Americans shouldn’t concern themselves with facts deemed “superfluous” by their government, even if that means secret CIA wars in Pakistan, Somalia, and Yemen go unchecked. That’s the takeaway from President Trump’s latest executive order.
They’re actually open secrets. The CIA drone airstrikes raining down in “noncombat” areas of the world are nothing new, but now it’s likely even fewer Americans will ever know about them. The Founding Fathers have finally reached the core of the Earth, from all the spinning in their graves.
On Wednesday, President Donald Trump signed an executive order removing a requirement that the director of national intelligence annually reports the deaths caused by US military or CIA operations overseas. This only makes official what the Trump administration has already practiced, as it declined to release any such report last year.
President Barack Obama instituted the policy in an executive order at the end of his second term in July 2016. Obama, who oversaw rampant acceleration in US drone warfare from the start of his presidency, was under pressure from human rights groups criticizing US airstrikes in Pakistan primarily.
Before getting into the numbers of civilians killed or the global reach of these attacks, the point can’t be driven home enough that the subject here is not just war, but wars. At least 8 of them, all unconstitutional and agonizingly too long. But they’re not called wars by the US Department of Defense. They’re kinetic actions. Or conflicts maybe, in need of some resolution by an adult.
The Founding Fathers were clear, and the US Constitution is explicit when it comes to war. It’s the prerogative of Congress to decide when the US goes to war. There are no “police action” exceptions for the president, as Tenth Amendment Center founder Michael Boldin explains. The Constitution was meant to be interpreted by the plain meanings of the words used.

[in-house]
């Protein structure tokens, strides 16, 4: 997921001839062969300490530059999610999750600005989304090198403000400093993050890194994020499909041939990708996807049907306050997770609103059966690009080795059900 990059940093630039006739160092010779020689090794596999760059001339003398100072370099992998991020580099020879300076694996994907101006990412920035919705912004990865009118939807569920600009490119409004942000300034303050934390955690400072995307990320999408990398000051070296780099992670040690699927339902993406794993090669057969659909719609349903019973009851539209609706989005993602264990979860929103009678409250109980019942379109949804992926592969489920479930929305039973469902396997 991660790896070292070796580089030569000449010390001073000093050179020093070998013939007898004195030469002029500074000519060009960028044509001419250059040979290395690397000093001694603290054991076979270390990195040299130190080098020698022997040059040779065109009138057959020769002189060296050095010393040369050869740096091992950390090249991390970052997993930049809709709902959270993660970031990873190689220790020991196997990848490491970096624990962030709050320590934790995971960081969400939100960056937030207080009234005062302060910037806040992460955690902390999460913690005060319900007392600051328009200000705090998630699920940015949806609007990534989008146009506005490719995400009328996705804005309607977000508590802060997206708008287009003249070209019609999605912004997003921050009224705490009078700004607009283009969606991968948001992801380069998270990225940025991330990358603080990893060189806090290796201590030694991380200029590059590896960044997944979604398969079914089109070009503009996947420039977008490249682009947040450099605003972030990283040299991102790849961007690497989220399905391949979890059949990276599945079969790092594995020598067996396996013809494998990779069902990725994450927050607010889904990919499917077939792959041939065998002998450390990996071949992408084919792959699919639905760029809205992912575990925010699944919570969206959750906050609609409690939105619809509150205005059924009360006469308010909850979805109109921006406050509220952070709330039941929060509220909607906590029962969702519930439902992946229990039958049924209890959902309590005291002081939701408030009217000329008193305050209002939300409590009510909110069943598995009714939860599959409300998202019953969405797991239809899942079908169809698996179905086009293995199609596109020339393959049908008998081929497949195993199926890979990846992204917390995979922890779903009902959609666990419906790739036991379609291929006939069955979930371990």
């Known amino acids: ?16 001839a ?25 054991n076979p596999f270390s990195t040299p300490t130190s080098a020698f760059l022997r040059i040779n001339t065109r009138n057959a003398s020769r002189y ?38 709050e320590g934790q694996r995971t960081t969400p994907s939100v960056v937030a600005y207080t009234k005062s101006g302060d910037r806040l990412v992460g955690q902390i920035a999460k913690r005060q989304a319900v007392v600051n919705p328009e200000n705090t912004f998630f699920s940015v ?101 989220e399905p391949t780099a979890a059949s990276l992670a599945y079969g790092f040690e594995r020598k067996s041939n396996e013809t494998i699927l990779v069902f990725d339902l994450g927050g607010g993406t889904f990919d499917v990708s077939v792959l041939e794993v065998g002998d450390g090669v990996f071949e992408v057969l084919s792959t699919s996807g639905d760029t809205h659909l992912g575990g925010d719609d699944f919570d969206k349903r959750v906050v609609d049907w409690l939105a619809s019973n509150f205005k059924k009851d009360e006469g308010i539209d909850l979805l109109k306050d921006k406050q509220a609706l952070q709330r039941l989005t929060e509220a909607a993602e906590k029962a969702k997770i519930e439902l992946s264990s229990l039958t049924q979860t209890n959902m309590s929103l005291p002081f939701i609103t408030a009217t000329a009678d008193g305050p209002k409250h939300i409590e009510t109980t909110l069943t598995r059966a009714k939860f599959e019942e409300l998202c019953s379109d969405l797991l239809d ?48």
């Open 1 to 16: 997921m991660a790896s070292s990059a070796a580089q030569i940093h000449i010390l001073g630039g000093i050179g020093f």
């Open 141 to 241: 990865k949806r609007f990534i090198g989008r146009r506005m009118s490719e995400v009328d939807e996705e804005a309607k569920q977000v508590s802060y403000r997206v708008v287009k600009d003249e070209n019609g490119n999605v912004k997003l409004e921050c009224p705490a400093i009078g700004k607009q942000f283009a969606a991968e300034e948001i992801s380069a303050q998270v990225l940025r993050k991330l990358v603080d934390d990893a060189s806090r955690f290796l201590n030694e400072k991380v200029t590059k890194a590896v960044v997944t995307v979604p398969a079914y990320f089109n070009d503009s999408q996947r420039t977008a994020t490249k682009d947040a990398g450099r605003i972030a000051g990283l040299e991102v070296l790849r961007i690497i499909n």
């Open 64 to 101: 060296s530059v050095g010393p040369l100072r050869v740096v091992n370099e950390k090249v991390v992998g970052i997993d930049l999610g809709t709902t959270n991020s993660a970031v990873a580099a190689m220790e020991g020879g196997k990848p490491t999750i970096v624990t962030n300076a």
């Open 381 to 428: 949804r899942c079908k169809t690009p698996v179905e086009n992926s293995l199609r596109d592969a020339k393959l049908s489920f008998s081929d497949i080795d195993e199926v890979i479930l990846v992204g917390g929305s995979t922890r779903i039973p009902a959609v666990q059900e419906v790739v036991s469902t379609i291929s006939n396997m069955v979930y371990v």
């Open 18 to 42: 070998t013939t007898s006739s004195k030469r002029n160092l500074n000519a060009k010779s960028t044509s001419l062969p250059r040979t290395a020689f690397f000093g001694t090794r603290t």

Both legal and common dictionaries defined war not unlike how the Rev. Frederick Barlow’s 1772 dictionary did. War was “the exercise of violence under sovereign command against such as oppose.”
Maybe you can find an average person who could name Afghanistan, Iraq, and Syria as places where the US is at war. But Libya, Mali, Pakistan, Somalia, or Yemen? The not-so-secret US bombings there are often times handled by the CIA, but Congress is only requesting estimates of civilians killed by the US military.
The National Security Council, headed by National Security Advisor John Bolton, cited Congress’ policy then derided the Obama rule as “superfluous reporting requirements, requirements that do not improve government transparency, but rather distract our intelligence professionals from their primary mission,” according to the New York Times.
It’s estimated that Obama killed between 200 to 800 civilians if you ask nonprofits like New America or the London-based Bureau of Investigative Journalism. Bill Roggio, a senior fellow at the Foundation for the Defense of Democracies, who runs the Long War Journal, also estimates higher than the previous administrations reported a civilian death toll of 64 to 116.
“The United States government is fully committed to complying with its obligations under the law of armed conflict, minimizing, to the greatest extent possible, civilian casualties, and acknowledging responsibility when they, unfortunately, occur during military operations,” the National Security Council statement continued. Obama had said similar things throughout his two terms.
What’s Congress going to do about it? Rep. Adam Schiff (D-California), who chairs the House Intelligence Committee, sounded rather defeatist when he told the BBC that there was “no justification” for Trump’s move to eliminate “an important measure of transparency.”
Perhaps it’s for the best if Congress does nothing since they screwed up so badly last time they tried to attach strings to an undeclared war. Imagine if they just impeached Trump for war crimes, then resigned and repented for their own hypocrisy. It’d be morning in America. Unfortunately, however, we may not get a good night.